In general, the film, even though has its dark tones, is not as dark as Burton's usual films.  It's lighter and a little more mainstream.  This is not the best of Tim Burton, but I enjoyed it in its own way.  It is Tim Burton after all, and I do love his works.  Since I have not read the book, so I am in no place to compare and criticize about the changes made to the plot.  So, I am reviewing solely based on the film and how I see it.  I saw an article on how Miss Peregrine's Home for Peculiar Children has a cast of mostly white actors, and I found it very interesting to think about.  Mainly because it is such a huge issue in Hollywood at the moment that somehow it becomes wrong if a director chooses to have a certain type of cast for his/her film.  I am not saying one is wrong or right, but I have to admit that it is a rather interesting situation to analyze.  It makes me wonder, for someone like Tim Burton, his films are usually with white actors and not much diversity.  But then again, it works for the tone of his films.  I am not trying to defend racism, and I am not saying Tim Burton is racist, but all I'm saying is that his films are kind of dark and pale at the same time, which is probably why a white cast works well in his films.  But, since diversity is something that people of Hollywood is fighting for at the moment, it suddenly becomes an issue for him to deal with.  I don't know Tim Burton personally, so, I can't say for his side if he is being racist or not.  In my own opinion, I don't think he is racist, I think it's just his choice to suit the tone of his films.  Perhaps he can give more diversity into his casting in the future, with technology these days, I'm sure something can be done to maintain the tone of his films, but at the same time, I don't see his choice as a bias act towards the white actors.  Maybe my perception is influenced by the fact that I love his films.  And maybe he should consider having a more diverse cast for his future films.  But at the same time, is it really really wrong now if a director wants a cast that is not as diverse as the public want it to be?  Arts is very subjective, and this include the arts for films as well.  A director may want his/her film to be of a certain tone or style, which might mean he/she needs the majority of the cast to be of a certain race/gender...and I do believe that it should be a freedom a director deserves to have.  It seems like that might be an issue at the moment because apparently if there's no diversity, the film is racist or bias, especially if it's majority of white and/or male actors.  I don't think it will be much of a problem if the majority of the cast is Black or Asian or Middle Eastern or others.  Don't get me wrong, I wish for more diversity in film industry, I really do, but sometimes not all films need it, and we need to know when it is being bias/racist and when it's just for the sake of arts.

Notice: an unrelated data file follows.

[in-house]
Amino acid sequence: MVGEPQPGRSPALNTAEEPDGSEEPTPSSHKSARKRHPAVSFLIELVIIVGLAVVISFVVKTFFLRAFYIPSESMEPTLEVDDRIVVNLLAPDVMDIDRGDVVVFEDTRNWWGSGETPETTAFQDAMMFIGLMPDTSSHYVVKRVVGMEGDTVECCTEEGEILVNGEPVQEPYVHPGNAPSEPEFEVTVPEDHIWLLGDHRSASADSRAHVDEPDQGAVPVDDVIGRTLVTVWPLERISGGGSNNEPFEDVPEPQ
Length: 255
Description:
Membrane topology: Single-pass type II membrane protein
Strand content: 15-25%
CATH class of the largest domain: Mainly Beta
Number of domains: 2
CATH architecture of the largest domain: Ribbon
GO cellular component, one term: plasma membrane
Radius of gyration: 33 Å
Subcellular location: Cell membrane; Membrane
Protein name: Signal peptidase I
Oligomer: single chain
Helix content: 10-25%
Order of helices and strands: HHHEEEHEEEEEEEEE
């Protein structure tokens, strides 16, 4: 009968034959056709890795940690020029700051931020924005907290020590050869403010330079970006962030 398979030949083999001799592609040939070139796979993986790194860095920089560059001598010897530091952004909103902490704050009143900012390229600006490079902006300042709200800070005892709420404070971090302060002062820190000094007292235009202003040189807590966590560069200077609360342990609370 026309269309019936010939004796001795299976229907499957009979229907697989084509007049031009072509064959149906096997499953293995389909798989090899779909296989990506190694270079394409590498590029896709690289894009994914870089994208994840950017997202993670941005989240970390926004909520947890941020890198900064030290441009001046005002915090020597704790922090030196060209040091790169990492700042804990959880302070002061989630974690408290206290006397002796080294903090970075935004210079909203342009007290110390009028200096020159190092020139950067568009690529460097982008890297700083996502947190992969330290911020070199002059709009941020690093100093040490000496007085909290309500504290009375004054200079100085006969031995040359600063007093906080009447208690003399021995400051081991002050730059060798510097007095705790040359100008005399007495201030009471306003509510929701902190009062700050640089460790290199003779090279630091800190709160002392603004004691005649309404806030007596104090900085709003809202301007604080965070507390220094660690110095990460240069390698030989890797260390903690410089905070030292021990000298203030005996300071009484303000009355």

Okay, I kind of stray away from the topic, lets get back to Miss Peregrine's Home for Peculiar Children.  I love Eva Green in this, I think she is perfect for the role of Miss Peregrine.  She has a peculiar look that somehow always works for Burton's films.  I think the plot was fine at the start but might feels a little jumpy from the second half.  I can still follow it, it is not terribly complicated for me to understand, but it did made me questioned a few things, which I will not say for the sake of not spoiling it for anyone.  I think there is a lot of holes in the second half that made me questioned things.  But overall I understand how it happens, but at the same time just ended up giving me a lot of "why" in my head.  The plot definitely could be so much better.  This is definitely a type of film that would work so well as a franchise with one or two sequels of its own.  But I'm not sure if this film set off the right tone for it to actually have sequels.  I don't know, for a Burton's film from a Burton's fan, I definitely expected more.  All and all, I still enjoyed it, I'd probably watch it again if I come across it on TV or something.  But was it memorable?  Not really.  Which is kind of sad, considering I've been waiting for this film for months.

Will I recommend this film?  I don't know, I won't say don't watch it because I did enjoy it.  If you're neutral towards Tim Burton then I think it will be fine.  If you haven't read the book, I think you will enjoy it as well.  For the fans of the book, and Tim Burton, keep an open mind.  If I am to rate this film from 1 to 10 with 10 being the best, I give this film 6/10 ^_^

*image taken from Google Image